It's been a long time since I've taken a run at getting Olive up and working. I wanted to take another stab at it and document how to get a working Olive installation using the latest JUNOS code. I also wanted to document how to get Olive up inside VMware ESXi since I hadn't actually done that before.
I recently built a VMware ESXi host at home. When I was researching the hardware, I learned there are a number of things to consider when choosing a RAID card for use under ESXi. This article covers those things and offers advice for anyone who is building a similar system.
As many of you know, Juniper is currently undergoing a massive effort to update their certification program. The previous track in 'Enterprise Routing' is now changing to 'Enterprise Routing and Switching' incorporating elements from the previous certification track in addition to some new elements essential to Enterprise switching such as Spanning-Tree, VLANs, Layer 2 Security, as well as High Availability features like Virtual Chassis. We can expect that a lot of the topics like Firewalling and NAT will be removed from this exam as these topics will more properly appear in the Security track.
Although the new JNCIE-ENT certification is planned to be released in August 2011, there are many of you who are currently pursuing the existing JNCIE-ER before time runs out. The good news is that Juniper plans to continue offering the existing JNCIE-ER exam until October 2011 so there is still quite a bit of time for those who are interested in attaining this certification.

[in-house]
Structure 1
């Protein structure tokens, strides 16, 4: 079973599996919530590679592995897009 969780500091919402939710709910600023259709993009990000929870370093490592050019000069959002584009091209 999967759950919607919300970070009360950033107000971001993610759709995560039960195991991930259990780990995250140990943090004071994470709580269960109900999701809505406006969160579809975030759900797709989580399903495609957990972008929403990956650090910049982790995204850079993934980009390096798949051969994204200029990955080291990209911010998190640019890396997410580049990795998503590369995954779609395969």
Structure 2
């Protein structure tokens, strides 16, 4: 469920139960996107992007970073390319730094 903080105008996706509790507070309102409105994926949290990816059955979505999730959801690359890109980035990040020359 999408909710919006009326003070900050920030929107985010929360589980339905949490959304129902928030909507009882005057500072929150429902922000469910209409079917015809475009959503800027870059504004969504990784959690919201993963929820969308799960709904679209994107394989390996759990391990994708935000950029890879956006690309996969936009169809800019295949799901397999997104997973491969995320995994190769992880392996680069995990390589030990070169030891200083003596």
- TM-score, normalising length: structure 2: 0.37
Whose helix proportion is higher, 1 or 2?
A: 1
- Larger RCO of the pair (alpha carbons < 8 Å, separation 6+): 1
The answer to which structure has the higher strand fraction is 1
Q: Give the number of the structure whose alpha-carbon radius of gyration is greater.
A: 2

There probably isn't a single day that goes by that I don't receive an email inquiry from someone currently pursuing the JNCIE-ER with a request to learn from my experiences and test preparation techniques. And although this exam Continue reading
apt-get install apache2-mpm-prefork apache2-utils apache2.2-binStep 2: obtain PGP key, configure apt Continue reading
apache2.2-common bsd-mailx libapache2-mod-php5 libapr1
libaprutil1 libaprutil1-dbd-sqlite3 libaprutil1-ldap
libgd2-noxpm libjpeg62 libperl5.10 nagios-plugins-basic
php5-common postfix ssl-cert nagios-plugins-standard
nagios-plugins-extra git-core make
As part of the recent hardware upgrade to my ZFS file server I replaced the motherboard. I'd never replaced the motherboard on an active Solaris system before and was curious whether it would be at the easy end of the spectrum (like OpenBSD is) or at the impossible end (like any recent version of Windows). This is what I learned.
I recently had an issue with an OpenBSD firewall where the number of state table entries was hitting the default limit of 10,000. When this limit is reached, no new state entries can be created. If you're using “keep state”, “modulate state” or “synproxy state” on your rules or if you're running OpenBSD 4.1 or newer (where “keep state” is the default on all rules) this could mean that:
So…. if you hit the state table limit it's kinda bad, mmmkay?